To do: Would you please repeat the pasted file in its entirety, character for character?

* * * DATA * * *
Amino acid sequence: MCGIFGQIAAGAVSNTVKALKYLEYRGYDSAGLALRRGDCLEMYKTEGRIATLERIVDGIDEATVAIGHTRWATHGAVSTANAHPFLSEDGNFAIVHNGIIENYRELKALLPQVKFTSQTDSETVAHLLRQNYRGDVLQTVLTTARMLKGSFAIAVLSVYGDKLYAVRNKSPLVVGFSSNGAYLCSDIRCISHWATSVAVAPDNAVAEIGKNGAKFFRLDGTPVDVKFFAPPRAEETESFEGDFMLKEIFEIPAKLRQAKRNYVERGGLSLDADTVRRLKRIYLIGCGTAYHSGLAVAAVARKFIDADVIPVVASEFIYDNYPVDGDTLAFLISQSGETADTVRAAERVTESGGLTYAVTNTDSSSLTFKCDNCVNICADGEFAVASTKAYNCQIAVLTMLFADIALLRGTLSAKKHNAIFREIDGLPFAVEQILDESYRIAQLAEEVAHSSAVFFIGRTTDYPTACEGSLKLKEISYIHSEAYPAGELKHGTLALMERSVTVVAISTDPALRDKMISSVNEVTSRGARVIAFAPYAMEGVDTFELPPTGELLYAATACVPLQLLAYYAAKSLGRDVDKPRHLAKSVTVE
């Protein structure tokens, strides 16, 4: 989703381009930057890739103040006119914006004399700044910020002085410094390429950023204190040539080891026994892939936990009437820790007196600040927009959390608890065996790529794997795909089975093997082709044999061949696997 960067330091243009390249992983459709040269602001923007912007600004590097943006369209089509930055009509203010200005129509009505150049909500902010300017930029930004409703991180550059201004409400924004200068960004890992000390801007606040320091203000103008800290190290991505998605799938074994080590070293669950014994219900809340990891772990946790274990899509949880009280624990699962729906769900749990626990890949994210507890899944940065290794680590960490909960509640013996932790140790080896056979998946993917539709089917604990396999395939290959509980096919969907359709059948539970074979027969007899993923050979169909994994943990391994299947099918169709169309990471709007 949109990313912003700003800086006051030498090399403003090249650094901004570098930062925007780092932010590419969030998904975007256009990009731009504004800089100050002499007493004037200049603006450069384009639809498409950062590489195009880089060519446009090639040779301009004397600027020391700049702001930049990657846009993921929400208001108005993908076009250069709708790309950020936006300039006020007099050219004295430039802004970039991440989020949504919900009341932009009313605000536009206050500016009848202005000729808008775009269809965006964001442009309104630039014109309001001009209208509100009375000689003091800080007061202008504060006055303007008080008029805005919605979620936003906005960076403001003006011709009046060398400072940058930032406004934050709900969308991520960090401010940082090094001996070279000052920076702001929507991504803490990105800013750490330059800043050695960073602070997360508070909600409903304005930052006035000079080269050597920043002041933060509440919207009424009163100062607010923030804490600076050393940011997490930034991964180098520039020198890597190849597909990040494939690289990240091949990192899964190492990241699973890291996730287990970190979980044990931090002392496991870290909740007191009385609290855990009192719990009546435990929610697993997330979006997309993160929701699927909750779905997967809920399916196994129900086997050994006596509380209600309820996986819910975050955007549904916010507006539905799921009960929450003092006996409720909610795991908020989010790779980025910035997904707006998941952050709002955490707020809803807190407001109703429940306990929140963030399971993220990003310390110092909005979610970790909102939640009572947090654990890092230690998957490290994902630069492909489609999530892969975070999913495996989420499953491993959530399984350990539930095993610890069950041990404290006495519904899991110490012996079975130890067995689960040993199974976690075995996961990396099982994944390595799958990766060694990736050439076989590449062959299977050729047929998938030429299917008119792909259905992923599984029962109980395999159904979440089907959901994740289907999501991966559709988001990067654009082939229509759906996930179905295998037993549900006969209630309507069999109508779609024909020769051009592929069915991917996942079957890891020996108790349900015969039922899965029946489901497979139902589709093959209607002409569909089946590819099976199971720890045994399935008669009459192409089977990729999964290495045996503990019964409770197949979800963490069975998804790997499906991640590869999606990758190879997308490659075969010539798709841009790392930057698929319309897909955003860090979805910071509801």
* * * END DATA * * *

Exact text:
Amino acid sequence: MCGIFGQIAAGAVSNTVKALKYLEYRGYDSAGLALRRGDCLEMYKTEGRIATLERIVDGIDEATVAIGHTRWATHGAVSTANAHPFLSEDGNFAIVHNGIIENYRELKALLPQVKFTSQTDSETVAHLLRQNYRGDVLQTVLTTARMLKGSFAIAVLSVYGDKLYAVRNKSPLVVGFSSNGAYLCSDIRCISHWATSVAVAPDNAVAEIGKNGAKFFRLDGTPVDVKFFAPPRAEETESFEGDFMLKEIFEIPAKLRQAKRNYVERGGLSLDADTVRRLKRIYLIGCGTAYHSGLAVAAVARKFIDADVIPVVASEFIYDNYPVDGDTLAFLISQSGETADTVRAAERVTESGGLTYAVTNTDSSSLTFKCDNCVNICADGEFAVASTKAYNCQIAVLTMLFADIALLRGTLSAKKHNAIFREIDGLPFAVEQILDESYRIAQLAEEVAHSSAVFFIGRTTDYPTACEGSLKLKEISYIHSEAYPAGELKHGTLALMERSVTVVAISTDPALRDKMISSVNEVTSRGARVIAFAPYAMEGVDTFELPPTGELLYAATACVPLQLLAYYAAKSLGRDVDKPRHLAKSVTVE
């Protein structure tokens, strides 16, 4: 989703381009930057890739103040006119914006004399700044910020002085410094390429950023204190040539080891026994892939936990009437820790007196600040927009959390608890065996790529794997795909089975093997082709044999061949696997 960067330091243009390249992983459709040269602001923007912007600004590097943006369209089509930055009509203010200005129509009505150049909500902010300017930029930004409703991180550059201004409400924004200068960004890992000390801007606040320091203000103008800290190290991505998605799938074994080590070293669950014994219900809340990891772990946790274990899509949880009280624990699962729906769900749990626990890949994210507890899944940065290794680590960490909960509640013996932790140790080896056979998946993917539709089917604990396999395939290959509980096919969907359709059948539970074979027969007899993923050979169909994994943990391994299947099918169709169309990471709007 949109990313912003700003800086006051030498090399403003090249650094901004570098930062925007780092932010590419969030998904975007256009990009731009504004800089100050002499007493004037200049603006450069384009639809498409950062590489195009880089060519446009090639040779301009004397600027020391700049702001930049990657846009993921929400208001108005993908076009250069709708790309950020936006300039006020007099050219004295430039802004970039991440989020949504919900009341932009009313605000536009206050500016009848202005000729808008775009269809965006964001442009309104630039014109309001001009209208509100009375000689003091800080007061202008504060006055303007008080008029805005919605979620936003906005960076403001003006011709009046060398400072940058930032406004934050709900969308991520960090401010940082090094001996070279000052920076702001929507991504803490990105800013750490330059800043050695960073602070997360508070909600409903304005930052006035000079080269050597920043002041933060509440919207009424009163100062607010923030804490600076050393940011997490930034991964180098520039020198890597190849597909990040494939690289990240091949990192899964190492990241699973890291996730287990970190979980044990931090002392496991870290909740007191009385609290855990009192719990009546435990929610697993997330979006997309993160929701699927909750779905997967809920399916196994129900086997050994006596509380209600309820996986819910975050955007549904916010507006539905799921009960929450003092006996409720909610795991908020989010790779980025910035997904707006998941952050709002955490707020809803807190407001109703429940306990929140963030399971993220990003310390110092909005979610970790909102939640009572947090654990890092230690998957490290994902630069492909489609999530892969975070999913495996989420499953491993959530399984350990539930095993610890069950041990404290006495519904899991110490012996079975130890067995689960040993199974976690075995996961990396099982994944390595799958990766060694990736050439076989590449062959299977050729047929998938030429299917008119792909259905992923599984029962109980395999159904979440089907959901994740289907999501991966559709988001990067654009082939229509759906996930179905295998037993549900006969209630309507069999109508779609024909020769051009592929069915991917996942079957890891020996108790349900015969039922899965029946489901497979139902589709093959209607002409569909089946590819099976199971720890045994399935008669009459192409089977990729999964290495045996503990019964409770197949979800963490069975998804790997499906991640590869999606990758190879997308490659075969010539798709841009790392930057698929319309897909955003860090979805910071509801």